April 30th 2018 BOSTON – State Representative David K. Muradian, Jr., R-Grafton, joined with his colleagues in the House of Representatives last week to approve a $41 billion state budget for Fiscal Year 2019.
The budget, which was engrossed on a vote of 150-4 on April 26, calls for significant funding increases for local aid, the elderly, and substance abuse services. It also includes funding for several public safety initiatives secured by Representative Muradian for the 9th Worcester District, including $25,000 to the town of Grafton, $25,000 to the town of Northbridge and $25,000 to the town of Upton.
Representative Muradian noted that this year’s budget process was particularly challenging. Although state revenues have been trending upward in recent months, some of the uptick is believed to be associated with recent federal tax law changes and therefore may not continue through the end of the fiscal year. There is also a great deal of uncertainty surrounding some of the proposed November ballot questions, which could have a direct impact on state revenues moving forward.
Despite these fiscal challenges, the House budget proposal prioritizes local aid for cities and towns by providing $4.87 billion in Chapter 70 education aid, which represents an increase of $124.6 million, or 2.6 percent, over current funding levels. Another $1.1 billion has been allocated for unrestricted local aid to help support a variety of municipal services.
Under the Fiscal Year 2019 House budget plan, Grafton will receive $11,015,375 in Chapter 70 education aid and $1,616,669 in unrestricted state aid. Northbridge will receive $15,539,941 in Chapter 70 education aid and $2,182,545 in unrestricted state aid, and Upton will receive $35,359 in Chapter 70 education aid and $550,495 in unrestricted state aid.
The House budget also contains increases in several education-related accounts cities and towns rely on for state reimbursements, including:
- $300.2 million for the Special Education Circuit Breaker, an $18.9 million increase over current spending;
- $63.5 million for regional school transportation, a $2 million increase over current levels;
- $90 million for charter school tuition reimbursements, an increase of $9.5 million; and
- $27.5 million for the “pothole” reserve to assist school districts experiencing substantial shortfalls between their actual Chapter 70 aid and target Chapter 70 aid, an increase of $12.5 million.
Local Councils on Aging are funded at $16.5 million under the House spending plan, an increase of $2.9 million, while the formula grant rate is set at $12 per elder, up from $9.70 this year. The House budget also provides $58.9 million to support the operation of the elder home care case management program, including contracts with aging service access points or other qualified entities for home care case management services and the administration of the home care organizations. This represents an increase of $6.5 million.
The House budget also takes steps to address the state’s opioid epidemic by providing additional funding to assist individuals who are struggling with addiction. The Bureau of Substance Abuse Services is provided with an additional $4.6 million in the House budget, for a total appropriation of $137.2 million. This includes $3.5 million for the opening of five new recovery centers.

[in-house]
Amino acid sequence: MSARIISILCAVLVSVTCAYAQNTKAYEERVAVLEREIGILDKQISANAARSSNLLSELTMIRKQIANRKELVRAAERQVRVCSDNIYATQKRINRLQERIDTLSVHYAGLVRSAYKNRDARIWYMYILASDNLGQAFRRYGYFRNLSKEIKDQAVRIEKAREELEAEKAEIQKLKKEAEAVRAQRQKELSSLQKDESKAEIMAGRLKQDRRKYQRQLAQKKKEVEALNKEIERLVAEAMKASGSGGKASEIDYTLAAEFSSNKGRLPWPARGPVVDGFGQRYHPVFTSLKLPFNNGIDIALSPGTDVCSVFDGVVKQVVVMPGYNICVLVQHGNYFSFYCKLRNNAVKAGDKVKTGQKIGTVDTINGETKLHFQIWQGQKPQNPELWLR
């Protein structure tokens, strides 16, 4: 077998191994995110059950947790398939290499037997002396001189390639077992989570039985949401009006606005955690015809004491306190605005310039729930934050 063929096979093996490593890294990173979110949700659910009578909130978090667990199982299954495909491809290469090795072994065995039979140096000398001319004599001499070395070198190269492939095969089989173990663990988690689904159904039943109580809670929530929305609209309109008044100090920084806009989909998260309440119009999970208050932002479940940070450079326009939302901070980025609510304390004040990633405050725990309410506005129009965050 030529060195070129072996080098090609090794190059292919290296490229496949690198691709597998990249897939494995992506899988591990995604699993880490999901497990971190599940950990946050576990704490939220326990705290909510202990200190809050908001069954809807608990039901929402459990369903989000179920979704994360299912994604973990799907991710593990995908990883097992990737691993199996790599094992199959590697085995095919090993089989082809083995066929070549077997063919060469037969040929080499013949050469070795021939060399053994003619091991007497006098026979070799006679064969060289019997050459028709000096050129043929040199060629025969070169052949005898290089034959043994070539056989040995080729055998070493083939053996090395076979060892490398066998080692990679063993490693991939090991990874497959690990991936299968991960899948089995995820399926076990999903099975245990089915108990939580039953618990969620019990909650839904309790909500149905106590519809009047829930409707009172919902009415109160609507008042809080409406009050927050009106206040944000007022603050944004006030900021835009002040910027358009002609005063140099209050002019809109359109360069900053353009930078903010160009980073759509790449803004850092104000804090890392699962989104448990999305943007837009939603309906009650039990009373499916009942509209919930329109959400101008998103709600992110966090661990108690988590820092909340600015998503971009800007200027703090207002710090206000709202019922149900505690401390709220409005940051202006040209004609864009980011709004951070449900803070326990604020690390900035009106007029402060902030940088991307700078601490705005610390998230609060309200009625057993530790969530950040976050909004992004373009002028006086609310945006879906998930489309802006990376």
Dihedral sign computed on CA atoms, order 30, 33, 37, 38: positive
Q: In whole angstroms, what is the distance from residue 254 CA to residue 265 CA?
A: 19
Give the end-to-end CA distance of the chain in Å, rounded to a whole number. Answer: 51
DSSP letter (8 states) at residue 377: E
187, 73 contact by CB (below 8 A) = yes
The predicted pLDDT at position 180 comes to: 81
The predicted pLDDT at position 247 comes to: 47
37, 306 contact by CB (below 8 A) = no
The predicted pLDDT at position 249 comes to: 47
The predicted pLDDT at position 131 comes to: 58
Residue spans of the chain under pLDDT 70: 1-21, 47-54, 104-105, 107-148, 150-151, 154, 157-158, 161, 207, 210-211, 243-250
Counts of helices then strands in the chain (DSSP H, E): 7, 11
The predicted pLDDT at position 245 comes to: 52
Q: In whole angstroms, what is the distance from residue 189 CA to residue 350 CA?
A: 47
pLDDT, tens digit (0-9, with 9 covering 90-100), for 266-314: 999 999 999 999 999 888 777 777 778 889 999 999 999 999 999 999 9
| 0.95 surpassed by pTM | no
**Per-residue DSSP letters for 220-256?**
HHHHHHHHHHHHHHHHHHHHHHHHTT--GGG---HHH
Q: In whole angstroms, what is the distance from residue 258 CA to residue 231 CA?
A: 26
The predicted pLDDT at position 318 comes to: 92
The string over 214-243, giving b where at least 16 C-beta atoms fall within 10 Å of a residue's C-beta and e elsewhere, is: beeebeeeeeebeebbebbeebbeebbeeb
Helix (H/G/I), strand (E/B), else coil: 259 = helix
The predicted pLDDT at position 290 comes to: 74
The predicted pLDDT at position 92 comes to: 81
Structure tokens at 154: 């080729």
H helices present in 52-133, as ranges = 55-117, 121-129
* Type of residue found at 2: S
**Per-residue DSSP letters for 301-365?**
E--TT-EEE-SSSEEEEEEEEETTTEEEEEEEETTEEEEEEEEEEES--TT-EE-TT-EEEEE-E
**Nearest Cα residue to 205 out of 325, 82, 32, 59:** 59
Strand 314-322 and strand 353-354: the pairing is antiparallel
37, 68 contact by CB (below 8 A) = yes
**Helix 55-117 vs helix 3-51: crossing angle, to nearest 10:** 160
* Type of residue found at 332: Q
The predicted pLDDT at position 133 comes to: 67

A series of Republican-sponsored amendments were also adopted as part of the House budget during the four-day floor debate, including:
- A phased-in, three-year increase in the annual cap on the Land Conservation Tax Credit from $2 million to $5 million to encourage the permanent protection of the state’s natural resources;
- An $85,000 appropriation for the NEADS Assistance Dogs for Veterans program to train service dogs for veterans;
- A $500,000 increase for the Healthy Incentives Program, which provides funding assistance to low-income residents to purchase fresh produce from local farmers;
- The establishment of a Task Force on Regional Transit Authority Performance and Funding to evaluate and study RTA best practices, along with an earmark of $2 million for RTAs that are struggling and the insertion of language requiring each RTA to sign an individual memorandum of understanding with the Massachusetts Department of Transportation by October 1, 2018 in order to receive funding for FY20;
- The adoption of language allowing individuals who have been charged with a crime to have access to residential treatment and rehabilitation programs provided to individuals who are already serving a criminal sentence;
- The creation of a task force to develop recommendations for establishing a uniform state policy regarding the cashing out of vacation and sick leave credits by state employees who are not subject to collective bargaining agreements; and
- The establishment of a special task force to review and report on the economic impact of loan forgiveness programs to ensure that college graduates stay, work, and build businesses in Massachusetts;
The budget now moves to the Senate, which is expected to release its own spending proposal on May 10.